There’s a Push to Raise the Minimum Wage in Massachusetts

Beacon Hill lawmakers will discuss bumping up working wages in order to meet inflation costs.

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Massachusetts hasn’t raised the minimum wage for workers in half a decade, and Beacon Hill lawmakers say it puts employees at a disadvantage as they try to pay bills and support their families.

“It’s a problem that is long overdue,” says state Senator Marc Pacheco, D-Taunton. “These low-wage workers have bills to pay and basic needs they need to have met … the rate does not keep up with the cost of purchasing products that are out there.”

As the cost of living increases, Pacheco says, the money earned by minimum wage workers doesn’t keep pace. On Tuesday, Pacheco will bring a bill before the legislature’s Joint Committee on Labor and Workforce Development and call for a tiered minimum wage increase plan that would help support economic recovery in the state.

According to Pacheco’s proposal, the bill would raise the current minimum wage from $8 an hour to $9 an hour 60 days after passage, then to $10 an hour starting on July 1, 2014, and finally, to $11 an hour beginning July 1, 2015. Beginning in 2016, the minimum wage would then start increasing based on the spike in the Consumer Price Index, “thereby preventing further decline in value in the future,” the bill states.

“We are trying to reach down and help those playing by the rules, and working one, two, and in some cases three jobs at a time in order to make ends meet. The wage has not been adjusted [since 2008], and it should be adjusted,” says Pacheco. “It’s an issue long overdue, and it’s about economic justice. We need to be looking down at the bottom rung and making sure those people that are getting up everyday [can make a living wage].”

Currently, the minimum wage in Massachusetts is $8 per hour, putting the state behind six other with higher pay rates for employees. Five more states, including Ohio, Florida, Arizona, Montana, Colorado, are right behind Massachusetts in terms of wages, but those states raise the minimum based on inflation, and could soon surpass Massachusetts’ $8 rate, according to the Massachusetts Budget and Policy Center. “With a passage of this [bill] we will be at the top of the minimum wage scale nationally. Other states have gone beyond Massachusetts,” says Pacheco.

State Treasurer Steve Grossman agreed with Pacheco’s sentiment that wages needed to be increased at least over the next three years. In a letter sent to the Chairs of the Joint Committee on Labor and Workforce Development, he wrote that the current wages pose a challenge for many families. “If Charles Dickens was alive today he would write A Tale of Two Commonwealths—one about prosperous, thriving communities filled with low unemployment, state of the art schools and modern transportation infrastructure, and another about Gateway Cities suffering from too few jobs and teachers, along with too little hope and dignity,” wrote Grossman.  “In government, the most vulnerable citizens are our responsibility. We cannot afford to leave anyone behind.”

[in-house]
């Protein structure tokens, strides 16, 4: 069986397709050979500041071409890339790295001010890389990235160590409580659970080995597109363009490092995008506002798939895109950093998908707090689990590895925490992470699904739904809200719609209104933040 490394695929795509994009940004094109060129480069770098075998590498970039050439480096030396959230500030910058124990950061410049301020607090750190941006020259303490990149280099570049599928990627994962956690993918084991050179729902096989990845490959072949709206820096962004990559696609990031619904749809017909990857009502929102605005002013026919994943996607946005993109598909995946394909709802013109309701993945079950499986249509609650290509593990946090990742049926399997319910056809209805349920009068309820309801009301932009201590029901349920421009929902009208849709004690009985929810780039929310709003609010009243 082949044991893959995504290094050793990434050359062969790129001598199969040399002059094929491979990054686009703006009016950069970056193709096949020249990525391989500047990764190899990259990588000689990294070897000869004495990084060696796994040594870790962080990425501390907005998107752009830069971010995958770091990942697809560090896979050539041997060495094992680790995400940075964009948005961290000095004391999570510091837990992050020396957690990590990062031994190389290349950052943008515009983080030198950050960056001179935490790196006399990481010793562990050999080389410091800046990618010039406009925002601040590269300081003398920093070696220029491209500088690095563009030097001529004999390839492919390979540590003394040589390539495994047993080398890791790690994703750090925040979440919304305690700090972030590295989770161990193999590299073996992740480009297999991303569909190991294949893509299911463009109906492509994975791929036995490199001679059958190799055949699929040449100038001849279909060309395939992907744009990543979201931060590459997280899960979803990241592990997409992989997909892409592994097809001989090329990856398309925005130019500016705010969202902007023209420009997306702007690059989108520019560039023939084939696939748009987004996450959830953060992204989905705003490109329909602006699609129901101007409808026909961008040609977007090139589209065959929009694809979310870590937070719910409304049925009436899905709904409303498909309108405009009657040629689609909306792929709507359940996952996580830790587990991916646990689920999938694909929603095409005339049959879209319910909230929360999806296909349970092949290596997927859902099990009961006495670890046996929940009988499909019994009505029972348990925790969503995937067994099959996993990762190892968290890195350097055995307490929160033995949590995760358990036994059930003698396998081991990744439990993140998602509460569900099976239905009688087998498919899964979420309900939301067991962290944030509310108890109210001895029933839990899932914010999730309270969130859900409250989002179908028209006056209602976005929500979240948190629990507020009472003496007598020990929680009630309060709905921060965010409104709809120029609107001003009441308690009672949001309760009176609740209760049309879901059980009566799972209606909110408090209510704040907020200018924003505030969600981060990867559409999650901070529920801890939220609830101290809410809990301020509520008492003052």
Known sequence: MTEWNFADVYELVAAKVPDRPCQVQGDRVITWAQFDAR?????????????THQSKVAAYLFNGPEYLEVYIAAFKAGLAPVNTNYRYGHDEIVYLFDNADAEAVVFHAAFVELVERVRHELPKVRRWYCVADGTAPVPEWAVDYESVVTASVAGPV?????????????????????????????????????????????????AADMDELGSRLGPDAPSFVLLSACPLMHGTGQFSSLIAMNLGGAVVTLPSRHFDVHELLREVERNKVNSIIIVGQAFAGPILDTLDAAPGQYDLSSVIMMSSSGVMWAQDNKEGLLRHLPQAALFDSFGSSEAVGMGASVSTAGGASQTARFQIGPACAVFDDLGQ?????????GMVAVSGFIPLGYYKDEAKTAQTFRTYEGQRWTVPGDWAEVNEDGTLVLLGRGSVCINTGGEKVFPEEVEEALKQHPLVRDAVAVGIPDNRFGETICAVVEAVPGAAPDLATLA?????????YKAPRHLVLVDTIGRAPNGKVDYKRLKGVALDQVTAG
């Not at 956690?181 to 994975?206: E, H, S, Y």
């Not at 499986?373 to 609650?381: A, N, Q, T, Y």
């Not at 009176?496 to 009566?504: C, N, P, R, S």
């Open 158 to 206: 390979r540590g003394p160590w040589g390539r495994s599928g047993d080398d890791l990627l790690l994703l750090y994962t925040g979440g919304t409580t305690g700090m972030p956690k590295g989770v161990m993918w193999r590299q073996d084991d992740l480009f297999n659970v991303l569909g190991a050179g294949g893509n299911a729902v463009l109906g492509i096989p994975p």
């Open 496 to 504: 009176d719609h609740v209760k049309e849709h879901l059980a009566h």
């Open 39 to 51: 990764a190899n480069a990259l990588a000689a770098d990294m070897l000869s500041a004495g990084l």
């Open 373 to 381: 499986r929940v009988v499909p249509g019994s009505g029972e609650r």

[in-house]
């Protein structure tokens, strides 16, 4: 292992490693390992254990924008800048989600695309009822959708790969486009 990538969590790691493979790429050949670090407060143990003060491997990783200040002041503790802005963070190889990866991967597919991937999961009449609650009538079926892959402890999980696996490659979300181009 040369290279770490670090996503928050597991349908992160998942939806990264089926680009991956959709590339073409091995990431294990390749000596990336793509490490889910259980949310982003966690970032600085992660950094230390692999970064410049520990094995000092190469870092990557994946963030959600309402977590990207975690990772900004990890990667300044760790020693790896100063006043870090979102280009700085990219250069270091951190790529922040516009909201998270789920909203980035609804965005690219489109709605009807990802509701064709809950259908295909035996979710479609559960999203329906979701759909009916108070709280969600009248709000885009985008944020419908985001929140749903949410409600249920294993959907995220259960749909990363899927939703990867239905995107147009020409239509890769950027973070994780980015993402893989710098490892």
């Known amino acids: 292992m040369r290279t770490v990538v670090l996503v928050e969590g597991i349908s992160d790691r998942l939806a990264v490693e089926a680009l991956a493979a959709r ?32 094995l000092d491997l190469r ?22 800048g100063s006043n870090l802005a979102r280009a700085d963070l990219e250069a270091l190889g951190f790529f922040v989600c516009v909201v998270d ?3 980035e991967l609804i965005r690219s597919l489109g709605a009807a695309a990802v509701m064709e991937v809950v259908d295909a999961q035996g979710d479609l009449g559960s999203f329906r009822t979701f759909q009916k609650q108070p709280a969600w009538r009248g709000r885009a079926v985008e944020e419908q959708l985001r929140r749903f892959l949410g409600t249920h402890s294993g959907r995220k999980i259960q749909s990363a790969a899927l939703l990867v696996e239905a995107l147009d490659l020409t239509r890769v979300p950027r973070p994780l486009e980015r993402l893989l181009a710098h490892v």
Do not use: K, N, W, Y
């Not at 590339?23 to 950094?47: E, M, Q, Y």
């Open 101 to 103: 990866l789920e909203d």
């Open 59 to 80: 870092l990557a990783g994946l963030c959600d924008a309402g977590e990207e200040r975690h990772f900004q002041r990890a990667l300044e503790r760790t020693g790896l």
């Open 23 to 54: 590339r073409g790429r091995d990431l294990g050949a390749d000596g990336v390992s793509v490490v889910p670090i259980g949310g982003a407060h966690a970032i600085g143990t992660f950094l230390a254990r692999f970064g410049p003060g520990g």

A 2012 report from the Economic Policy Institute showed that by increasing the minimum wage to $10 per hour, more than a half a million Massachusetts workers would benefit from the raise, and create thousands of new jobs.

Data from the Massachusetts Budget and Policy Center also shows that when the minimum wage does not increase from year to year, but prices and the cost of living continue to go up, minimum-wage workers have lose the ability to purchase the products that they bought the previous year, often cutting back on certain expenses. Pacheco says by matching the cost of living expenses, it would create an economic boon for Massachusetts. “The rate does not keep up with the cost of purchasing products that are out there,” says Pacheco.

  • Justine Smith

    The best way to help our economy. Pay people a decent wage so the don’t have to depend on food stamps and medicare.

  • Sam West

    Why $9, $10, $11 per hour? It really is a small help in paying the bills. Raise the minimum wage to $50, $100, $1000 per hour then everybody will be able to live great. When are these religious liberals going to realize that no government decree can prescribe what value people should exchange for what value. And, despite all this wasted time talking about the necessity of the minimum wage, the real minimum wage always remains – $0 per hour. This is what people who produce less than $8, 9, 10, 11 per hour make or don’t make. They remain unemployed.

  • Frank2k13

    This is awesome news !

  • disqus_e8d3BIPp0c

    in this state it should be 10 dollars an hour considering you cant get 40 hour work weeks at some places like department stores.

  • Melanie LaPoint

    The people in low wage jobs will bring the money home one of two ways.
    Our State Officials need to make a choice on which of the two options they prefer.

    1. The people make $10 an hour, and future minimum wage rates should be tied to inflation and adjusted every other year.

    2. The people make $8 an hour with no future adjustments, and are subsidized via welfare and food stamps.

    It really is just that simple.
    Either the Employer pays the people, or the government does.
    And the employer won’t pay until the government forces the issue with new minimum wage laws.

    I support option #1.
    Lift the people out of poverty.
    Better wages means less crime and more money in local economies.